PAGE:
• Change in Vaccination Rate: Hepatitis B vaccine among 11-12 year olds [ Time Frame: Baseline and 5 months follow-up ] [ Designated as safety issue: No ]
    We will gather practice-specific rates of coverage for adolescents (ages 11-12) for hepatitis B vaccine at baseline and 5 months follow-up. This is a childhood vaccine that is not targeted for adolescents; however the intervention may impact hepatitis B vaccine coverage.

  • Change in Vaccination Rate: Hepatitis B vaccine among 13-18 year olds [ Time Frame: Baseline and 5 months follow-up ] [ Designated as safety issue: No ]
    We will gather practice-specific rates of coverage for adolescents (ages 13-18) for hepatitis B vaccine at baseline and 5 months follow-up. This is a childhood vaccine that is not targeted for adolescents; however the intervention may impact hepatitis B vaccine coverage.

  • Change in Vaccination Rate: Varicella vaccine among 11-12 year olds [ Time Frame: Baseline and 5 months follow-up ] [ Designated as safety issue: No ]
    We will gather practice-specific rates of coverage for adolescents (ages 11-12) for varicella vaccine at baseline and 5 months follow-up. This is a childhood vaccine that is not targeted for adolescents; however the intervention may impact varicella vaccine coverage.

  • Change in Vaccination Rate: Varicella vaccine among 13-18 year olds [ Time Frame: Baseline and 5 months follow-up ] [ Designated as safety issue: No ]
    We will gather practice-specific rates of coverage for adolescents (ages 13-18) for varicella vaccine at baseline and 5 months follow-up. This is a childhood vaccine that is not targeted for adolescents; however the intervention may impact varicella vaccine coverage.


Enrollment: 91
Study Start Date: April 2011
Study Completion Date: December 2012
Primary Completion Date: December 2012 (Final data collection date for primary outcome measure)
Arms Assigned Interventions
No Intervention: Control
This arm includes 30 health centers in North Carolina with at least 200 adolescent (age 11-18) patients. Practices in this arm were randomly assigned to receive no AFIX visit.
Experimental: AFIX In-Person Visit

This arm includes 30 health centers in North Carolina with at least 200 adolescent (age 11-18) patients. These practices received an in-person AFIX visit from a North Carolina Immunization Branch employee.

Intervention:

Other: Assessment , Feedback, Incentives, and eXchange Program

Other: Assessment , Feedback, Incentives, and eXchange Program
The NC Immunization Branch uses Adolescent AFIX (Assessment, Feedback, Incentives and eXchange) Program, a quality improvement strategy developed by the CDC to improve the immunization practices and vaccination coverage levels of public and private health care providers. It has four main components: 1) Assessment of a provider's current immunization practices and vaccination levels, 2) Feedback of the assessment results and strategies to improve coverage levels, 3) Incentives to improve coverage levels, and 4) eXchange of information and resources necessary to facilitate improvement.
Experimental: AFIX Webinar Visit

This arm includes 31 health centers in North Carolina with at least 200 adolescent (age 11-18) patients. These practices received a webinar during which a North Carolina Immunization Branch employee completed the components of an AFIX visit.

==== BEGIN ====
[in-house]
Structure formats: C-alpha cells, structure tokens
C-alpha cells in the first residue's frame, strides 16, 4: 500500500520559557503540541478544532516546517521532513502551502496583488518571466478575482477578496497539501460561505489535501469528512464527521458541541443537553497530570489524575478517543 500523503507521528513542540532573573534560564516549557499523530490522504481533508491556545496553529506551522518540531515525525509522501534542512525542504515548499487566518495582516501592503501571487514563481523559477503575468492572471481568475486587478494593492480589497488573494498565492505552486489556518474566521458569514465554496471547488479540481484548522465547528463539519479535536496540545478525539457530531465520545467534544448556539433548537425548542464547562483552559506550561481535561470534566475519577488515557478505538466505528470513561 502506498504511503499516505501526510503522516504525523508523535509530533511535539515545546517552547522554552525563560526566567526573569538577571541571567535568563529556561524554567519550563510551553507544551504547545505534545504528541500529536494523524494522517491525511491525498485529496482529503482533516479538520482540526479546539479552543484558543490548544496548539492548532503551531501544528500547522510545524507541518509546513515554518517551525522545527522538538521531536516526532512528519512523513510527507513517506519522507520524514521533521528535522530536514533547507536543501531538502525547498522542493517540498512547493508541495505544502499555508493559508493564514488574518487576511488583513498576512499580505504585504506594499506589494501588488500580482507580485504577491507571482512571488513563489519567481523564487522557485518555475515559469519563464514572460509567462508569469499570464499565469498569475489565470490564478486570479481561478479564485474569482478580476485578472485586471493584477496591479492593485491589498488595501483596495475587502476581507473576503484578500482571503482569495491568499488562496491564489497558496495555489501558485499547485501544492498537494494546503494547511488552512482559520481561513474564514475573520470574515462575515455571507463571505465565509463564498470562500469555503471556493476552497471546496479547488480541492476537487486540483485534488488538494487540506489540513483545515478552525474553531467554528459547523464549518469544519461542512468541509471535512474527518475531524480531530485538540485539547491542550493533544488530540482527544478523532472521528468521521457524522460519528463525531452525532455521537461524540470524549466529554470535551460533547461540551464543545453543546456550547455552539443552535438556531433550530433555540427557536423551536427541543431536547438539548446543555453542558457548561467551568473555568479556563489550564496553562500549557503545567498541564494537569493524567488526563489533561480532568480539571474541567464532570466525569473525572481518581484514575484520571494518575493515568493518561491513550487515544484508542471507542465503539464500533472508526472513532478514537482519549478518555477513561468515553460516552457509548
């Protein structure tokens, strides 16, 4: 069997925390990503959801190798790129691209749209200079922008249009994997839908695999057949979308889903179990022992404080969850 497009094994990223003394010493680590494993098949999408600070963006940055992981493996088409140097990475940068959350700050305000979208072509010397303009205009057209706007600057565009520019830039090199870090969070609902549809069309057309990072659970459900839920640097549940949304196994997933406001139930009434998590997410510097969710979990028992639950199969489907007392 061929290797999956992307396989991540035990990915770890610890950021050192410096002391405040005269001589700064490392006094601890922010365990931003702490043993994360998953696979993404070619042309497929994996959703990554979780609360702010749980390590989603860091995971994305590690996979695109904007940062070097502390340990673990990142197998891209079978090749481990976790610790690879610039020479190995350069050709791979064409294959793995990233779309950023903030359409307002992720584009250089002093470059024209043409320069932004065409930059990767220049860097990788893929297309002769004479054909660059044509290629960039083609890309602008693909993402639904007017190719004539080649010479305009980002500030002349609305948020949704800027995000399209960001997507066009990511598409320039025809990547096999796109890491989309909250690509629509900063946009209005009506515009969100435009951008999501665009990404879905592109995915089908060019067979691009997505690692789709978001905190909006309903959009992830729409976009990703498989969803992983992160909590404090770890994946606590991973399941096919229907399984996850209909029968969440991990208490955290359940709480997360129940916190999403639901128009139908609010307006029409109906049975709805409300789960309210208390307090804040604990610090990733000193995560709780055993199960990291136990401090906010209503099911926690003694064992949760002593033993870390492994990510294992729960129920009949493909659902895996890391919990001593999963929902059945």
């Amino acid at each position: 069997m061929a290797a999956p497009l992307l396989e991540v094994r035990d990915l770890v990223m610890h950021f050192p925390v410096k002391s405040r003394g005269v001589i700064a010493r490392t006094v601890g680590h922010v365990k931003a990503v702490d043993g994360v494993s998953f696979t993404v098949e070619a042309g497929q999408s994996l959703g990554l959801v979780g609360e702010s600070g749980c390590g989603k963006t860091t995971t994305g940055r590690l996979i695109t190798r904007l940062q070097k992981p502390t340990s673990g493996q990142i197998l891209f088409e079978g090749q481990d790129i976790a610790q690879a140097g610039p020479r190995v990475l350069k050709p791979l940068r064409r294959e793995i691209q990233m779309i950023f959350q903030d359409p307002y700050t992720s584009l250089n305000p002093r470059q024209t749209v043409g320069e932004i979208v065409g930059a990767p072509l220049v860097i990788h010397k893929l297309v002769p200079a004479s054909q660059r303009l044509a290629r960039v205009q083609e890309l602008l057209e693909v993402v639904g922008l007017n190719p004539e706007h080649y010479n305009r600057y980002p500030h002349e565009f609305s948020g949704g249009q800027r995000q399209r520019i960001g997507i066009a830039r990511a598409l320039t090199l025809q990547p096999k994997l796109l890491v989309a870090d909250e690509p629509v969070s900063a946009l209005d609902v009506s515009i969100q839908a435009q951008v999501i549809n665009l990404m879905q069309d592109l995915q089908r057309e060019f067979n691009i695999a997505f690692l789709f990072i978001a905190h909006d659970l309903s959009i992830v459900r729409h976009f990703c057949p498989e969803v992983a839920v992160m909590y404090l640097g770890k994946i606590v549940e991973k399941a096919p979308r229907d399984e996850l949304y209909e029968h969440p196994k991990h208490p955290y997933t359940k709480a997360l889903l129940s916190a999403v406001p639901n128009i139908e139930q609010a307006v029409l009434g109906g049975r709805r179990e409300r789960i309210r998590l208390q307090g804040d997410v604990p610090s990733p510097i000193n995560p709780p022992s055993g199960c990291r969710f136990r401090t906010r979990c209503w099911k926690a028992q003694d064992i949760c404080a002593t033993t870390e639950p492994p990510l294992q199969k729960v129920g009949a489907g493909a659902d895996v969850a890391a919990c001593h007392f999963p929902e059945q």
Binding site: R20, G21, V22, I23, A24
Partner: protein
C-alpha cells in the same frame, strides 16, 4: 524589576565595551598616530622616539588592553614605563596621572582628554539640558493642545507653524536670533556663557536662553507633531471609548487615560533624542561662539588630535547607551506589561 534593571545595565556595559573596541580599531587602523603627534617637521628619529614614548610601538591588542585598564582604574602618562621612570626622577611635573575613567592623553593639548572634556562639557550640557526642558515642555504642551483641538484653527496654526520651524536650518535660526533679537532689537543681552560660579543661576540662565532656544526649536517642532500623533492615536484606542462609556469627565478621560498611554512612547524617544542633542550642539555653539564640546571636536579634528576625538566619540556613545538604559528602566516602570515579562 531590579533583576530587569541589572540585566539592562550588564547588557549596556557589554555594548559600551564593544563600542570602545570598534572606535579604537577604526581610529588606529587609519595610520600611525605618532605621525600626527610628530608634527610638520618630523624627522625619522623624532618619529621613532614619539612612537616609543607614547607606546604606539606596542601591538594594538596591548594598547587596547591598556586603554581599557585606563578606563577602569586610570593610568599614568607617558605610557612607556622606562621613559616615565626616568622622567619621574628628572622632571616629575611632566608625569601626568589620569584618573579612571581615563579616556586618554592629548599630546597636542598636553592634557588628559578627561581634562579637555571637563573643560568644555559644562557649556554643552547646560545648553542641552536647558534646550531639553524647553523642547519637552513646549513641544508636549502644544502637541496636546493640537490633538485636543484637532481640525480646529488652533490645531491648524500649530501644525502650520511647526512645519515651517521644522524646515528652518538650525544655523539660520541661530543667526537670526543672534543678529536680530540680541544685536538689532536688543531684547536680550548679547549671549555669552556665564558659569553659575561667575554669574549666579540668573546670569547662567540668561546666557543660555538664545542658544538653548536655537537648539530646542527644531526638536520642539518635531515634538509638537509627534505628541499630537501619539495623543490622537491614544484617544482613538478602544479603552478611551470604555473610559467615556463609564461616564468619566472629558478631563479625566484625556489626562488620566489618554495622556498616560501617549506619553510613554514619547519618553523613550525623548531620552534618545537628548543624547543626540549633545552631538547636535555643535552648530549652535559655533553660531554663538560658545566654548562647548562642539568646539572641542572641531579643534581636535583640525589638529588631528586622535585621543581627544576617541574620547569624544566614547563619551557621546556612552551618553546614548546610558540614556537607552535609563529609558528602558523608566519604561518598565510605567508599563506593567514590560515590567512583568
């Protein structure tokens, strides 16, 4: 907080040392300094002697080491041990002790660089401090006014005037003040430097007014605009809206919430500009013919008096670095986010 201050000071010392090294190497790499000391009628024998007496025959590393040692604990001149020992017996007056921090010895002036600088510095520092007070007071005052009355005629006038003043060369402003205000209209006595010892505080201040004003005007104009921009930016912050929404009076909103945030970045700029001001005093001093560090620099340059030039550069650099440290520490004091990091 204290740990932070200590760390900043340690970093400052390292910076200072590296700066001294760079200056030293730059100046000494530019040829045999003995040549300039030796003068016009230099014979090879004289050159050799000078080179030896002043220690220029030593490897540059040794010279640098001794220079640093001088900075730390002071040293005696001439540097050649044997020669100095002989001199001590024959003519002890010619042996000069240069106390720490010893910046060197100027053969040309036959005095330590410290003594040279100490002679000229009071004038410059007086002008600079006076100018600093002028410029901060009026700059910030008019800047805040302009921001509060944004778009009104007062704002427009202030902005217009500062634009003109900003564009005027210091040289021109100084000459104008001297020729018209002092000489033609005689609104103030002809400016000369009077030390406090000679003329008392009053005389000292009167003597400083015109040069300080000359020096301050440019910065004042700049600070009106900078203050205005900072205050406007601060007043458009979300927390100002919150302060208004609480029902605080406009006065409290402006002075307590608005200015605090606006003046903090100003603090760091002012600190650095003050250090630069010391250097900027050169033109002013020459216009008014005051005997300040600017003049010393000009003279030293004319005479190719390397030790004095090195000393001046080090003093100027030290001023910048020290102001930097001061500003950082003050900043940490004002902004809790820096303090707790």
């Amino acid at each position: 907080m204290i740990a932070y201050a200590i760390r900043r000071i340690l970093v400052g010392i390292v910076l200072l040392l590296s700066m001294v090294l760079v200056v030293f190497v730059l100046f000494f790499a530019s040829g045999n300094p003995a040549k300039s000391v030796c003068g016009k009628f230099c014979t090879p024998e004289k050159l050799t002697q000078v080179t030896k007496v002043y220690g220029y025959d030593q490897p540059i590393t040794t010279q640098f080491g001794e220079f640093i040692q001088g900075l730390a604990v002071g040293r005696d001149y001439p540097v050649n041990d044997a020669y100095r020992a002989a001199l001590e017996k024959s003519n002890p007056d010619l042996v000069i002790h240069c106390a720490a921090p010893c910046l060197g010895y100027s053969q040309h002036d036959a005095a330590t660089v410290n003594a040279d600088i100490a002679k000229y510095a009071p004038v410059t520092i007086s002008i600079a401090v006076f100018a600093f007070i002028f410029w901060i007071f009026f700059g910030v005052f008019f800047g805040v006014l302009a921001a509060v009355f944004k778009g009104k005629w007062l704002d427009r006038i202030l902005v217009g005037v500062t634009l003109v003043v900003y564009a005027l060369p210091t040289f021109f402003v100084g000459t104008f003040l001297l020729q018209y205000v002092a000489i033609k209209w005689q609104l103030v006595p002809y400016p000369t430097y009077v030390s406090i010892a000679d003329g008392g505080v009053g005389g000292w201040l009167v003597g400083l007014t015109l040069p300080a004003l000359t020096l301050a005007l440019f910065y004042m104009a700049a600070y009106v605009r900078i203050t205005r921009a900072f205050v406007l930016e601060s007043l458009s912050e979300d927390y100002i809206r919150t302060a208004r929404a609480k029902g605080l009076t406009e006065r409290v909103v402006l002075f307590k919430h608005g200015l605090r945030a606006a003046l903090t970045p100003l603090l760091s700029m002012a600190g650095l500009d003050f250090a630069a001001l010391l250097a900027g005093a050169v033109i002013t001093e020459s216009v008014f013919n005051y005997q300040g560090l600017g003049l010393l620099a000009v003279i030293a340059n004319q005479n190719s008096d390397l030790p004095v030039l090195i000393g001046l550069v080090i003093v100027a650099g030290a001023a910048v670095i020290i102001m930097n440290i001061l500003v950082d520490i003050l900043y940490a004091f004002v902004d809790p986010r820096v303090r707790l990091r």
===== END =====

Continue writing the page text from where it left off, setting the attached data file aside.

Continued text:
Intervention:

Other: Assessment , Feedback, Incentives, and eXchange Program

Other: Assessment , Feedback, Incentives, and eXchange Program
The NC Immunization Branch uses Adolescent AFIX (Assessment, Feedback, Incentives and eXchange) Program, a quality improvement strategy developed by the CDC to improve the immunization practices and vaccination coverage levels of public and private health care providers. It has four main components: 1) Assessment of a provider's current immunization practices and vaccination levels, 2) Feedback of the assessment results and strategies to improve coverage levels, 3) Incentives to improve coverage levels, and 4) eXchange of information and resources necessary to facilitate improvement.

  Eligibility

Genders Eligible for Study:   Both
Accepts Healthy Volunteers:   No
Criteria

Inclusion Criteria:

  • Pediatric and/or family practices participating in the North Carolina Immunization Program
  • A minimum of 200 active adolescent patients
  Contacts and Locations
Choosing to participate in a study is an important personal decision. Talk with your doctor and family members or friends about deciding to join a study. To learn more about this study, you or your doctor may contact the study research staff using the Contacts provided below. For general information, see Learn About Clinical Studies.

Please refer to this study by its ClinicalTrials.gov identifier: NCT01544764

Locations
United States, North Carolina
Cervical Cancer-Free North Carolina
Chapel Hill, North Carolina, United States, 27599
North Carolina Immunization Branch
Raleigh, North Carolina, United States, 27699
Sponsors and Collaborators
University of North Carolina, Chapel Hill
North Carolina Division of Public Health
Investigators
Principal Investigator: Amanda Dayton, MA DPH/WCH/Immunization
Principal Investigator: Amy Grimshaw, MS, MSW DPH/WCH/Immunization
Study Director: Noel T Brewer, PhD University of North Carolina, Chapel Hill
  More Information

No publications provided by University of North Carolina, Chapel Hill

Additional publications automatically indexed to this study by ClinicalTrials.gov Identifier (NCT Number):
Responsible Party: University of North Carolina, Chapel Hill
ClinicalTrials.gov Identifier: NCT01544764     History of Changes
Other Study ID Numbers: 2011-3
Study First Received: February 24, 2012
Last Updated: December 16, 2013
Health Authority: United States: Institutional Review Board

Keywords provided by University of North Carolina, Chapel Hill:
Diphtheria-Tetanus-Pertussis Vaccine
Measles-Mumps-Rubella Vaccine
Meningococcal Vaccines
Hepatitis B Vaccines
Chickenpox Vaccine
Papillomavirus Vaccines

ClinicalTrials.gov processed this record on July 22, 2014